I have two questions for you. I don't know what the answer is to that, and I think that's one of the reasons we're here today. But two questions. I'm not going to have the opportunity to, perhaps, cross- examine the president. I don't know if he's going to take our invitation, and I don't know if he's going to respond. And I don't think it's appropriate that I question his lawyers here today. But one thing, I have a question on this assertion of privilege.

    They make a claim that this is private conduct that underlies this, but yet they go out and file documents asserting an executive privilege claim, which you and I both know is rooted in the Constitution, and it's meant to protect presidential communications regarding official decision-making -- in other words, public conduct.

    Is this not talking out of both sides of their mouth, how they can assert privilege for public conduct while saying it's really private conduct?

    MR. STARR: I -- oh, I'm sorry.

    REP. BRYANT: Let me get the second question --

    MR. STARR: Please.

    REP. BRYANT: -- so you can answer them both, as I will let you have the balance of the time.

    I've alluded to the fact that I feel that your credentials are impeccable, and that based upon your experience and the experience of the many prosecutors you've referred to today, it's tremendous. And based upon all this, I question you from your -- do you have an opinion -- not saying whether or not these are impeachable offenses, but as to the quality of this case in terms of criminal law violations? Is it a -- a circumstantial case, but is it a weak case, a strong case, or something in between?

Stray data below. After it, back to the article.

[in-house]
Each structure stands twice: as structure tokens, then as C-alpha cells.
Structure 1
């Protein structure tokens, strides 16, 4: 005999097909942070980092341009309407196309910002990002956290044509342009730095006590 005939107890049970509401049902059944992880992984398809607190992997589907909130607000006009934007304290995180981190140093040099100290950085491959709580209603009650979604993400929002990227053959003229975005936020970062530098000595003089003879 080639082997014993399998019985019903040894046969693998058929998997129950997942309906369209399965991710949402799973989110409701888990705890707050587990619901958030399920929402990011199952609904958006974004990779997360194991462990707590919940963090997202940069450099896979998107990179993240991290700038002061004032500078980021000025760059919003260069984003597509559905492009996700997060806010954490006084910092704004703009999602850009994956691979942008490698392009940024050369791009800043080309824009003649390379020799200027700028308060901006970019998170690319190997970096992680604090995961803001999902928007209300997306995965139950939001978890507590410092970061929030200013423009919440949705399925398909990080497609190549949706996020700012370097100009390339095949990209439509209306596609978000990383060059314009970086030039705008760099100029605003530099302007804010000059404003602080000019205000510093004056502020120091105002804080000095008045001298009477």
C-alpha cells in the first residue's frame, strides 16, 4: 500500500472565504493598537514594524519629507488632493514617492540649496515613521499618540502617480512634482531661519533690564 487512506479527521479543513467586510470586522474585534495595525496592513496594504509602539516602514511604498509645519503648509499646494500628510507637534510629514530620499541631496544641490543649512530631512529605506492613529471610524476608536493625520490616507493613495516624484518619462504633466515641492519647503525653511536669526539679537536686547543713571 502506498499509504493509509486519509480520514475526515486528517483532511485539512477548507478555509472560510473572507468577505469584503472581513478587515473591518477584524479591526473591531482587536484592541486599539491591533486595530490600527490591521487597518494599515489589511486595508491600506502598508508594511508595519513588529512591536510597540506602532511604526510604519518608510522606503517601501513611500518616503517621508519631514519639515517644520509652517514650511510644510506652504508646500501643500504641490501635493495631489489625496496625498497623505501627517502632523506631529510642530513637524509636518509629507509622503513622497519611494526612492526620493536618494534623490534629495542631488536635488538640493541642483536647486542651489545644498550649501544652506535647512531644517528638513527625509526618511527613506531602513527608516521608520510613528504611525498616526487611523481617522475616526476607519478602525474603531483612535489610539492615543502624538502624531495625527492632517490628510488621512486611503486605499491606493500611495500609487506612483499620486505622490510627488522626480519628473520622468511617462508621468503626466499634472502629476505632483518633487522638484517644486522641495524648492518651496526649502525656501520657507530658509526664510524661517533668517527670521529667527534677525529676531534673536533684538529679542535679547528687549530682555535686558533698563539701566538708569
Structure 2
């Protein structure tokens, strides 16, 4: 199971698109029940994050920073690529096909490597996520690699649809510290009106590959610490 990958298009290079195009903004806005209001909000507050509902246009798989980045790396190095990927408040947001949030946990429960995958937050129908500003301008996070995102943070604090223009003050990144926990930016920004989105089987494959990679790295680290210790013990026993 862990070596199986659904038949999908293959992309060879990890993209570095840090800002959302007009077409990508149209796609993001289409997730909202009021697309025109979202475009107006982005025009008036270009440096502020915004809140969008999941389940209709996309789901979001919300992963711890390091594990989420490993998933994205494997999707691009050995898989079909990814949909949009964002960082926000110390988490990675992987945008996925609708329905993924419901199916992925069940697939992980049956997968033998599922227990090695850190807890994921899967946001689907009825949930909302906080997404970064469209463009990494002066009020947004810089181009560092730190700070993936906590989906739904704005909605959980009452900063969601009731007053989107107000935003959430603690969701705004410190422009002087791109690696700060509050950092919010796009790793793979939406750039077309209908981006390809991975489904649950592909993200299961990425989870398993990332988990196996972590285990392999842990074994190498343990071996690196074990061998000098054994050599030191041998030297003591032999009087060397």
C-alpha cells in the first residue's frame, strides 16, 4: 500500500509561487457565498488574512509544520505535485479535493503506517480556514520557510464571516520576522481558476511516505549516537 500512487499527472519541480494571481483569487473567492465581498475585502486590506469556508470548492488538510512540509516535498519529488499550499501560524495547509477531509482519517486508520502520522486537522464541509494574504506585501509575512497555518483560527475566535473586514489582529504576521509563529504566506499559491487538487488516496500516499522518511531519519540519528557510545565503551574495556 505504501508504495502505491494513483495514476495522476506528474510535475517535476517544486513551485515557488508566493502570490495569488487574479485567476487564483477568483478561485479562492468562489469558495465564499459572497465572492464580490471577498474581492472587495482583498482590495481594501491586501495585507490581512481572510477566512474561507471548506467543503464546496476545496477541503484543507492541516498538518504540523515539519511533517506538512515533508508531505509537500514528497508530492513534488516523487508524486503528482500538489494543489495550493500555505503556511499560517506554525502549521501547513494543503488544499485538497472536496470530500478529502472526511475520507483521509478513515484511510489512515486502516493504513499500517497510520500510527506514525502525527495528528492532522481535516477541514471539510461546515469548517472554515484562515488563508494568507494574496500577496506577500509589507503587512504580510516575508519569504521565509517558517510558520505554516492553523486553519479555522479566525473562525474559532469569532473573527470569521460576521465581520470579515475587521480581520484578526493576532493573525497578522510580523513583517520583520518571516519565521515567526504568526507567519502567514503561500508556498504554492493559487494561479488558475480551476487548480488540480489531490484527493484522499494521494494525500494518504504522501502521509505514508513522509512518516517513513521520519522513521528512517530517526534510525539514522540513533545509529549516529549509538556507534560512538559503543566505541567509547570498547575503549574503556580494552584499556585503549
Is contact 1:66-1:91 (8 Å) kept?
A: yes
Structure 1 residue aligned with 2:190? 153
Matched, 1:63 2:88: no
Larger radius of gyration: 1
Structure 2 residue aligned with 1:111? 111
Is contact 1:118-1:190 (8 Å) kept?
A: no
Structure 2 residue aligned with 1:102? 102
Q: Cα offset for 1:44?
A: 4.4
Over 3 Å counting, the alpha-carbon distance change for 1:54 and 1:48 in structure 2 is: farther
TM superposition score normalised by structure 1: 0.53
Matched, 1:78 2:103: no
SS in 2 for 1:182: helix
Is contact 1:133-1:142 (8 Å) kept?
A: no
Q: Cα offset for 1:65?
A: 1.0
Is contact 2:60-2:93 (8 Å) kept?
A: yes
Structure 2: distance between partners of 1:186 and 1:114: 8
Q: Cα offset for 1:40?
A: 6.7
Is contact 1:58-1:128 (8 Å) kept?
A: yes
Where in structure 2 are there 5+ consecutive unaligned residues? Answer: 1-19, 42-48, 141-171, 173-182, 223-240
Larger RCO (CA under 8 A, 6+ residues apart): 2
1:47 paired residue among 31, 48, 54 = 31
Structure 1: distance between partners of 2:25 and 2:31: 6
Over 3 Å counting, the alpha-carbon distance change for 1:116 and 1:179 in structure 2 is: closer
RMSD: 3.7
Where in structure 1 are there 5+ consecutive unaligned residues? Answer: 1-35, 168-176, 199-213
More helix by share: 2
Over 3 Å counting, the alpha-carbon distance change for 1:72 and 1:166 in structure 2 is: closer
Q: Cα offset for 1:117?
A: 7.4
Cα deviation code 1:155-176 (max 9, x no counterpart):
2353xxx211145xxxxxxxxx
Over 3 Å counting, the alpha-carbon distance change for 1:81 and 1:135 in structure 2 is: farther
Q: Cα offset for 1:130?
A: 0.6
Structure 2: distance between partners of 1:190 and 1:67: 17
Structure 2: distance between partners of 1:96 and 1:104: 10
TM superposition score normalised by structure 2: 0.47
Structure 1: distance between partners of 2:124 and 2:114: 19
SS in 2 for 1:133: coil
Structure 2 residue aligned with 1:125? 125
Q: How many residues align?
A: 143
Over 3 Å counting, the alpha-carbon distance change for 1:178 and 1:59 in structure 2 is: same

MR. STARR: With respect to your first question on assertion of privilege, I do agree with you that it is odd; I think it's irregular to both contend that this is entirely a matter involving personal conduct, and at the same time invoke executive privilege to prevent fact witnesses who are being asked facts with respect to that matter. So I think there is an incoherence and an inconsistency with the position.

    With respect to the quality of the case, my own judgment, Congressman Bryant, is that the evidence is strong.

    REP. SENSENBRENNER: The gentleman's time has expired.

    And I think it now is proper to take a 10-minute recess. I would like to ask the audience to remain in the room until Judge Starr exits the room, and ask the members of the committee either to stay in the room or not go too far away.

    The committee stands in recess until 6:10.


    Copyright © 1998 by Federal News Service, Inc. No portion of this transcript may be copied, sold or retransmitted without the written authority of Federal News Service, Inc. Copyright is not claimed as to any part of the original work prepared by a United States government officer or employee as a part of that person's original duties. Transcripts of other events may be found at the Federal News Service Web site, located at